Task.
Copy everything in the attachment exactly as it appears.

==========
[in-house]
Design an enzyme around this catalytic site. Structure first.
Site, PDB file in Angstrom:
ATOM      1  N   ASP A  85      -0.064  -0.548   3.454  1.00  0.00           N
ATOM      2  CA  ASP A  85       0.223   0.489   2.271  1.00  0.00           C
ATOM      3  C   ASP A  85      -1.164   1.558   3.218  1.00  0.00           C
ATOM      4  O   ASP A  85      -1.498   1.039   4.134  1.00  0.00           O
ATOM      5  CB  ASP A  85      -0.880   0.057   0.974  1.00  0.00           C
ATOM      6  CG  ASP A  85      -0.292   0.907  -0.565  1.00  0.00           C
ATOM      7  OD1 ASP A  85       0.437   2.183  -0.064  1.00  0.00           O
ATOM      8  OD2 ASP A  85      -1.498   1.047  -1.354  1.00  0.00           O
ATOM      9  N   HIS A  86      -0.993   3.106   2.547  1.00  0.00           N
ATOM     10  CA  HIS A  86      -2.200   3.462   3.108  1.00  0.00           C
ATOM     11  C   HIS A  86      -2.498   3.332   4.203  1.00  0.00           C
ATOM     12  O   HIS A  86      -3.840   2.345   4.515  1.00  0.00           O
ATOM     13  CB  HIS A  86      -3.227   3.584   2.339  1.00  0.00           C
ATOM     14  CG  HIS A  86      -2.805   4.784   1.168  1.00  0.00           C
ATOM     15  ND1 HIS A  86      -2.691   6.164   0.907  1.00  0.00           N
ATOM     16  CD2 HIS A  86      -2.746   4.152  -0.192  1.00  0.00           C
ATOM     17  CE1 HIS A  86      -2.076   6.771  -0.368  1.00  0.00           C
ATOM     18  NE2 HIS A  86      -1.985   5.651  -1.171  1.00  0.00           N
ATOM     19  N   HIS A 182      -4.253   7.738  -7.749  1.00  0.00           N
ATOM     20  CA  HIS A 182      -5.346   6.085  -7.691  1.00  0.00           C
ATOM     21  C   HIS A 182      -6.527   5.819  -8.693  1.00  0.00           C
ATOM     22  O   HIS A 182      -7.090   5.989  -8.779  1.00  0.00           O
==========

[in-house]
Design an enzyme around this catalytic site. Structure first.
Site, PDB file in Angstrom:
ATOM      1  N   ASP A  85      -0.064  -0.548   3.454  1.00  0.00           N
ATOM      2  CA  ASP A  85       0.223   0.489   2.271  1.00  0.00           C
ATOM      3  C   ASP A  85      -1.164   1.558   3.218  1.00  0.00           C
ATOM      4  O   ASP A  85      -1.498   1.039   4.134  1.00  0.00           O
ATOM      5  CB  ASP A  85      -0.880   0.057   0.974  1.00  0.00           C
ATOM      6  CG  ASP A  85      -0.292   0.907  -0.565  1.00  0.00           C
ATOM      7  OD1 ASP A  85       0.437   2.183  -0.064  1.00  0.00           O
ATOM      8  OD2 ASP A  85      -1.498   1.047  -1.354  1.00  0.00           O
ATOM      9  N   HIS A  86      -0.993   3.106   2.547  1.00  0.00           N
ATOM     10  CA  HIS A  86      -2.200   3.462   3.108  1.00  0.00           C
ATOM     11  C   HIS A  86      -2.498   3.332   4.203  1.00  0.00           C
ATOM     12  O   HIS A  86      -3.840   2.345   4.515  1.00  0.00           O
ATOM     13  CB  HIS A  86      -3.227   3.584   2.339  1.00  0.00           C
ATOM     14  CG  HIS A  86      -2.805   4.784   1.168  1.00  0.00           C
ATOM     15  ND1 HIS A  86      -2.691   6.164   0.907  1.00  0.00           N
ATOM     16  CD2 HIS A  86      -2.746   4.152  -0.192  1.00  0.00           C
ATOM     17  CE1 HIS A  86      -2.076   6.771  -0.368  1.00  0.00           C
ATOM     18  NE2 HIS A  86      -1.985   5.651  -1.171  1.00  0.00           N
ATOM     19  N   HIS A 182      -4.253   7.738  -7.749  1.00  0.00           N
ATOM     20  CA  HIS A 182      -5.346   6.085  -7.691  1.00  0.00           C
ATOM     21  C   HIS A 182      -6.527   5.819  -8.693  1.00  0.00           C
ATOM     22  O   HIS A 182      -7.090   5.989  -8.779  1.00  0.00           O